Google just added a silly slide out panel to the new Gmail. It serves no purpose, gets in my way, and I find it very annoying. I think most businesses of today feel they won't be considered progressive unless they're constantly making changes, whether needed or not, whether good or not.
My whole house, from roof to crawl space is being renovated. I am shocked every day at how things have changed. I have been in denial for a long time. I can't deny it any longer. I am getting old(er) and living in the past.
I don't have a new washer, but I will mention washing machines just for good measure. I well remember when Mama finally ditched her old wringer washer after twenty-plus years of dependable service. It still ran fine and had many more years of service left in it.
The washer was replaced with a brand new GE Filter Flow machine. That new contraption looked so nice, but would it last? At least, we wouldn't have to fold shirts and anything else with buttons on it, so that the buttons were deep within the folds. Putting a shirt through a wringer without folding the buttons to the inside was a good way to get half of the buttons ripped off.
Maybe the best part about the new washer was that it was plumbed in. That meant no more hauling buckets of water to fill the thing and no more draining the dirty water into buckets to be hauled away. Nice, but would this new washer last?
Can you believe there were no push buttons on this new machine? Not one! Just turn dials. Water temperature could be adjusted from cold to hot or anywhere in between with a simple twist of a dial. Simple, elegant.
One of my favorite features of this new washer was that I could adjust the water level from as little as a gallon to completely full. A real water saver, but would it last? Only time would tell.
Well People, Mama got over twenty years of good service out of that machine. After she died, I moved it to my business where it was used every day for over five years. I had to replace the transmission after a couple of years. It ran like a brand new one for several more years. It was still running like new when I sold the business and the washer was part of the deal.
The washer I have now is a used one, given to me by my sister. She felt it didn't spin enough of the water from the clothes. I have no problem with the washer, but she has a problem with her new replacement washer. There is no feeling about it, her new washer definitely leaves far too much water in the clothes after spinning. She spends a small fortune on drying her clothes. Not good for pocket book or environment.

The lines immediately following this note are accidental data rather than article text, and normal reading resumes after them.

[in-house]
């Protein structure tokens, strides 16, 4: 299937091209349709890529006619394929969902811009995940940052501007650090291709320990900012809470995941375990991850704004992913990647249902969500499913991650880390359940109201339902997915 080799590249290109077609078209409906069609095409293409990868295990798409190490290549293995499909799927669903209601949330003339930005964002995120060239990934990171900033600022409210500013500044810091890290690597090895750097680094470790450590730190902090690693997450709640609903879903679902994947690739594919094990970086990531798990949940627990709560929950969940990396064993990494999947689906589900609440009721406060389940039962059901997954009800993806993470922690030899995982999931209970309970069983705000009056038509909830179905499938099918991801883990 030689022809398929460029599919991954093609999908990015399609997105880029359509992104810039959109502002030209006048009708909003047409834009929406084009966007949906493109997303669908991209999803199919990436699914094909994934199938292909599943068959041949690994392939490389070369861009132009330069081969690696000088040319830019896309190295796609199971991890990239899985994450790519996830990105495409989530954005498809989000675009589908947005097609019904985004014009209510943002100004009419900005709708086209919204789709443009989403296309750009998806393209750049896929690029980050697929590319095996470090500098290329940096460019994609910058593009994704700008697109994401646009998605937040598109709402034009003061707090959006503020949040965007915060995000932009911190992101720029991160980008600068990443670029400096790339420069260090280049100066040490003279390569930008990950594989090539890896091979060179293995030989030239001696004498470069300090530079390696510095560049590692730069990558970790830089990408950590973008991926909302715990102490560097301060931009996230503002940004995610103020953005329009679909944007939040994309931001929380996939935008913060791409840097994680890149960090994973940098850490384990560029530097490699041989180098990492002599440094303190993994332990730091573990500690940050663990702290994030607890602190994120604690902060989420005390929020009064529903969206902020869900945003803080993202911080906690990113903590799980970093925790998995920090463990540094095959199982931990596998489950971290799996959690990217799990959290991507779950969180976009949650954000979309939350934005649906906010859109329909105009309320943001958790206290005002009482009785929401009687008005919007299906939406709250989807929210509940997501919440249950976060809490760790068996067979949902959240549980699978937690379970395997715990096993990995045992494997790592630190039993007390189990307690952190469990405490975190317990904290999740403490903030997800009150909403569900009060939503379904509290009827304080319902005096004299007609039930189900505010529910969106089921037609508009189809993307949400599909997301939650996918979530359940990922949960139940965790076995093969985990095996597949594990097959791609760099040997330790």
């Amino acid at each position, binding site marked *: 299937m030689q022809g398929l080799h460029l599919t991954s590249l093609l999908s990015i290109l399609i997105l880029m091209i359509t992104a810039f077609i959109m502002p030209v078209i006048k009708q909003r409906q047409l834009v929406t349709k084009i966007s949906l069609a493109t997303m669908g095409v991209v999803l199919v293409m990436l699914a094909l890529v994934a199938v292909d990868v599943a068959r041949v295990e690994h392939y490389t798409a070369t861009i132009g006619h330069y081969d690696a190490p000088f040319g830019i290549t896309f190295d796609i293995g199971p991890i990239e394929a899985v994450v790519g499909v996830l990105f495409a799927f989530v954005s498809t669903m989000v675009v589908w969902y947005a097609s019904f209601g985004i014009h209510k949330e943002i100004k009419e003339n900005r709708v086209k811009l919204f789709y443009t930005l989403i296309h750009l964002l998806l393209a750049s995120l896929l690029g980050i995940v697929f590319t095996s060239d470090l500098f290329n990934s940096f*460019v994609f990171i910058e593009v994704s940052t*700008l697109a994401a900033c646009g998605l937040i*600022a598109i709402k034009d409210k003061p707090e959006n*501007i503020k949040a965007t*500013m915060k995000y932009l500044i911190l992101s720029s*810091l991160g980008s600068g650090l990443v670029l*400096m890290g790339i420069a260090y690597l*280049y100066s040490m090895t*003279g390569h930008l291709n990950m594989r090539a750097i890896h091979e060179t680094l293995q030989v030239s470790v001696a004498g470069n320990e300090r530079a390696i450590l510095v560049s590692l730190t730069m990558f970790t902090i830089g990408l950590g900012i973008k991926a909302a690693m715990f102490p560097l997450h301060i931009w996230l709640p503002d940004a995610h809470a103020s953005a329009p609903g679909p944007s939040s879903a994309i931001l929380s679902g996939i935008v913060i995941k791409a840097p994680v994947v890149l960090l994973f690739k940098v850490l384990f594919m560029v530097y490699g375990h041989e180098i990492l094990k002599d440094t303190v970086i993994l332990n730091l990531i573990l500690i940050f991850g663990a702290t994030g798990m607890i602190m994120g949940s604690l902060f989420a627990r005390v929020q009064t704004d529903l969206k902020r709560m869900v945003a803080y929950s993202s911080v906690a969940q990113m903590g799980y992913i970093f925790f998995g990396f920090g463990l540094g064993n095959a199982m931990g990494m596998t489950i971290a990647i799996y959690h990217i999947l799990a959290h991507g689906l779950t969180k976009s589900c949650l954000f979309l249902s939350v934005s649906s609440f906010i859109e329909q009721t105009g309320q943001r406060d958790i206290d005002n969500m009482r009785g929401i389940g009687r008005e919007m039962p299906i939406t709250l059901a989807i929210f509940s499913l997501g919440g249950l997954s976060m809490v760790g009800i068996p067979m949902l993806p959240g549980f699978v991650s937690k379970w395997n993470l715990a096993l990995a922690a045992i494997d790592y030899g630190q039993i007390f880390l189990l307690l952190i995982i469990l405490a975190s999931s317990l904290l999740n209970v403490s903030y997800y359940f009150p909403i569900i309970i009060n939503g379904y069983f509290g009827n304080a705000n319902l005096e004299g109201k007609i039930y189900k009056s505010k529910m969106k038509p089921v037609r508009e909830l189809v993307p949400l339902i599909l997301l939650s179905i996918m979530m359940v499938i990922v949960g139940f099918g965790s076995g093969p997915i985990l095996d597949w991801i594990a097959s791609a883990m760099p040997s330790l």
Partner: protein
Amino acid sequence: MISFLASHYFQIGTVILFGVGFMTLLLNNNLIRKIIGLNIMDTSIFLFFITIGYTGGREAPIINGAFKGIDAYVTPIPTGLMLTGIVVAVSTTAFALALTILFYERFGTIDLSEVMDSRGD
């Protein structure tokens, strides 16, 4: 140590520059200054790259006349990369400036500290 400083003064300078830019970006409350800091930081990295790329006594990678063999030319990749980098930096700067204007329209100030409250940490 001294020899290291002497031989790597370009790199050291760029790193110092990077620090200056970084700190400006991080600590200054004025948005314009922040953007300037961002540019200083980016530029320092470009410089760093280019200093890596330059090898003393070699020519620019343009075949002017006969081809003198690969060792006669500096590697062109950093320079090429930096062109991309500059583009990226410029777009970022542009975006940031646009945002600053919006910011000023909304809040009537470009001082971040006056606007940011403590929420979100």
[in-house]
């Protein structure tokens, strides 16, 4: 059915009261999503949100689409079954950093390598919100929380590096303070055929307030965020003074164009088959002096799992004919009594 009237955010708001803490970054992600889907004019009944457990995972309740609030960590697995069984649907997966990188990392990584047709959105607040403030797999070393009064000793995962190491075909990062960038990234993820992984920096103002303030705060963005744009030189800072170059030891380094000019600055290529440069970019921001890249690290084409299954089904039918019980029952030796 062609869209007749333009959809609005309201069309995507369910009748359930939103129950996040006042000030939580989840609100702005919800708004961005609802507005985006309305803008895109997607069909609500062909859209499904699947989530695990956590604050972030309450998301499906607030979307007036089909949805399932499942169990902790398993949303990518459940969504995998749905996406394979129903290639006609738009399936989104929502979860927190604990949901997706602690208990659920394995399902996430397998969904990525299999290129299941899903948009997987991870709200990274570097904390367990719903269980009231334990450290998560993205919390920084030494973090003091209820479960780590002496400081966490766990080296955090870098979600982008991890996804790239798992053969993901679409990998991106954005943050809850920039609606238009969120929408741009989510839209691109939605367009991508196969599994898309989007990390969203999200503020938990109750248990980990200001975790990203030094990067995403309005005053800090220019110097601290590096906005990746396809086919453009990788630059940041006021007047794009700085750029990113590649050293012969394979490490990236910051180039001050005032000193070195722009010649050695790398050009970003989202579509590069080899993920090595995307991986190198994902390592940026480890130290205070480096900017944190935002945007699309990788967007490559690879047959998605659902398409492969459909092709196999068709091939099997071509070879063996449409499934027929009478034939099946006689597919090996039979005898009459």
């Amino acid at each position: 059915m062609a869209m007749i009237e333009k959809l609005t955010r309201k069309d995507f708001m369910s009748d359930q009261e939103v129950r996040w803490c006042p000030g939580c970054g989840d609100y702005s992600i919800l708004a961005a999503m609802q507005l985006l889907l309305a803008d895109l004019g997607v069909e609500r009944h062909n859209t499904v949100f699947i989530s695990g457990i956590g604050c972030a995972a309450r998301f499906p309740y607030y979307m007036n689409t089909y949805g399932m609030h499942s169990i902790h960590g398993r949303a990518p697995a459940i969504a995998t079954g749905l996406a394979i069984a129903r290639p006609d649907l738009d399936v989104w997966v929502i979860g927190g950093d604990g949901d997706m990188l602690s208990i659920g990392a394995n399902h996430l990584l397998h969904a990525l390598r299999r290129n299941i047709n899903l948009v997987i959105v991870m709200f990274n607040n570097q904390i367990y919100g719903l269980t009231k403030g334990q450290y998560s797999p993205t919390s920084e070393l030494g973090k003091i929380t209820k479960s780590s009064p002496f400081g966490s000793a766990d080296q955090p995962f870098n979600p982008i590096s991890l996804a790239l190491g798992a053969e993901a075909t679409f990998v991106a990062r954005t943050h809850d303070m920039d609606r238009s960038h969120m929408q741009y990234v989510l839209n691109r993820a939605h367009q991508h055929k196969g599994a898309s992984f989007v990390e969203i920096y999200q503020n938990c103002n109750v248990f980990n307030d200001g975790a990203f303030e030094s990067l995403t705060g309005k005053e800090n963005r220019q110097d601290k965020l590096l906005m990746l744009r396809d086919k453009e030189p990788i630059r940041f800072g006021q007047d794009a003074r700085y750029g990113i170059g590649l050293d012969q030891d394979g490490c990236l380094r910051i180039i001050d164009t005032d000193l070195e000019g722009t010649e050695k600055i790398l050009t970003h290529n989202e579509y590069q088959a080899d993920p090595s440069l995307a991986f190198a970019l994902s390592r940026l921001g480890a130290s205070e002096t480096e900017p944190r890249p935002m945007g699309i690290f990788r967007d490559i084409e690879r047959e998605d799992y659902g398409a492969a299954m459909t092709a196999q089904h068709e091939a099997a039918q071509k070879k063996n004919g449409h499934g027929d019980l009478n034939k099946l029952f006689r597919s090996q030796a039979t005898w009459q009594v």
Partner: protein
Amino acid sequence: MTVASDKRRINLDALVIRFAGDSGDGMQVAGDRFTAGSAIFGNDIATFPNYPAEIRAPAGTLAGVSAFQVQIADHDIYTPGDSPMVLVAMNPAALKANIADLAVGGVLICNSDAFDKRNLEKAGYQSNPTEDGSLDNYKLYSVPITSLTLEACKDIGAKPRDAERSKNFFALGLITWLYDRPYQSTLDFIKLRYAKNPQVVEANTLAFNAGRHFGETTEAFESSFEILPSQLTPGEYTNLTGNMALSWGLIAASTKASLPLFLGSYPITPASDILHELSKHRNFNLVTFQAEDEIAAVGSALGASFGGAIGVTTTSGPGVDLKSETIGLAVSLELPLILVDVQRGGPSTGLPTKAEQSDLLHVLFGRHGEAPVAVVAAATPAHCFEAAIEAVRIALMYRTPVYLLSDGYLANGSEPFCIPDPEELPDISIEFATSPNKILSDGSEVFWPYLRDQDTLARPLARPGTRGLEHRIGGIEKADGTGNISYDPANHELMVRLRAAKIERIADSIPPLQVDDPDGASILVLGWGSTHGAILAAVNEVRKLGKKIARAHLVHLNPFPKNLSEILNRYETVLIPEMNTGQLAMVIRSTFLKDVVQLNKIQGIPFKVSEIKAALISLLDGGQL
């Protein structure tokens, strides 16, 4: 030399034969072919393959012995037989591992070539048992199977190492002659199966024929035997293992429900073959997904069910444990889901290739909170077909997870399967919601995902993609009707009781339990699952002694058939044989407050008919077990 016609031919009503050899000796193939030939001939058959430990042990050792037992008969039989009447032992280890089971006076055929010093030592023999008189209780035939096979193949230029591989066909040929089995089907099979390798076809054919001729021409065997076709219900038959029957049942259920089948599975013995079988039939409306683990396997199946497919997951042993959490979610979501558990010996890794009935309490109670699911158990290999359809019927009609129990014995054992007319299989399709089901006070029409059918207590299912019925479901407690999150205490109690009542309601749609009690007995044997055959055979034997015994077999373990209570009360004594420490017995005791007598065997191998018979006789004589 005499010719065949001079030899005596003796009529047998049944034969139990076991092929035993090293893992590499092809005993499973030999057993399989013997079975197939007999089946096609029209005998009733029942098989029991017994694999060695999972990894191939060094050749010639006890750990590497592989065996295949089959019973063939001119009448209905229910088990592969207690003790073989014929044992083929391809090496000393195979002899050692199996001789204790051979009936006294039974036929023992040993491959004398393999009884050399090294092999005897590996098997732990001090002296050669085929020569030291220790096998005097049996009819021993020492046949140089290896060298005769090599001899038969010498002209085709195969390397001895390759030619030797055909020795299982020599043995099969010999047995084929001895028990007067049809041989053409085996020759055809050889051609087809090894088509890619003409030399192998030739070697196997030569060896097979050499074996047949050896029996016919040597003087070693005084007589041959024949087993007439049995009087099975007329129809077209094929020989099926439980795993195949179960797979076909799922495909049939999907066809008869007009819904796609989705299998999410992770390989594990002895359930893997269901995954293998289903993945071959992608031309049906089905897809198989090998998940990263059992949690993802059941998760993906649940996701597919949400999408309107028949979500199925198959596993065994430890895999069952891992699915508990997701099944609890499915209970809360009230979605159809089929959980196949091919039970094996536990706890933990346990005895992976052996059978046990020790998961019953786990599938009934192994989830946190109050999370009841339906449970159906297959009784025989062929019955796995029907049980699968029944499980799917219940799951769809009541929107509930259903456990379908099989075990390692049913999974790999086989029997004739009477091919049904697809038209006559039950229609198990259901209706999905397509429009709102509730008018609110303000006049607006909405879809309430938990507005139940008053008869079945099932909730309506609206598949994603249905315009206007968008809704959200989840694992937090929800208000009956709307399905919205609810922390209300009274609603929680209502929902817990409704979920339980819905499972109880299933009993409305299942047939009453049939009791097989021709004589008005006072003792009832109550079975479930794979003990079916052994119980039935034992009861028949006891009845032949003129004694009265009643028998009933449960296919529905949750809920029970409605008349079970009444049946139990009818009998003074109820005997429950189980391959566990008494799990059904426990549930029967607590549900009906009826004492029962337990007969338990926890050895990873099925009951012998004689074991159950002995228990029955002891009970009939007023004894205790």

Lots and lots of features on her new washer, though. You almost need a college degree to operate the thing. But, with all those dials and buttons and LED displays, and its programmability; It can't do a simple thing like spin enough water out of the clothes.
After six months of disgust, my sister wishes she hadn't gotten the new washer and would really like to have another one. A far cry from the old wringer and GE Filter Flow washers of yesterday. You couldn't kill those things. And the GE spinned so much water from the clothes, it was like using an extractor you find in laundromats. The extractors are there because the washing machines don't spin enough water from the clothes. Another rip off.
One nice feature about washers for several years now, is that clean water is sprayed onto the clothes shortly after they begin to spin. This helps the rinse cycle to be more effective. But, the final rinse should not have this spray of water. It rinses most of the fabric softener from the clothes. Try finding a washer today that doesn't spray most of your Downy down the drain. Another good thing gone bad.
Stoves? Honey, don't even get me started on stoves. I learned to cook on a wood burning stove. You know, the kind made of heavy cast iron, and if properly cared for, would last a hundred years. Sure, I had to haul armloads of wood from the wood pile and build a fire in the stove. But heck, I was young and loved every minute of it. Our Red Mountain range had no digital displays. We didn't even know what a digital display was. Well, maybe those naughty boys giving other boys 'the finger' would qualify.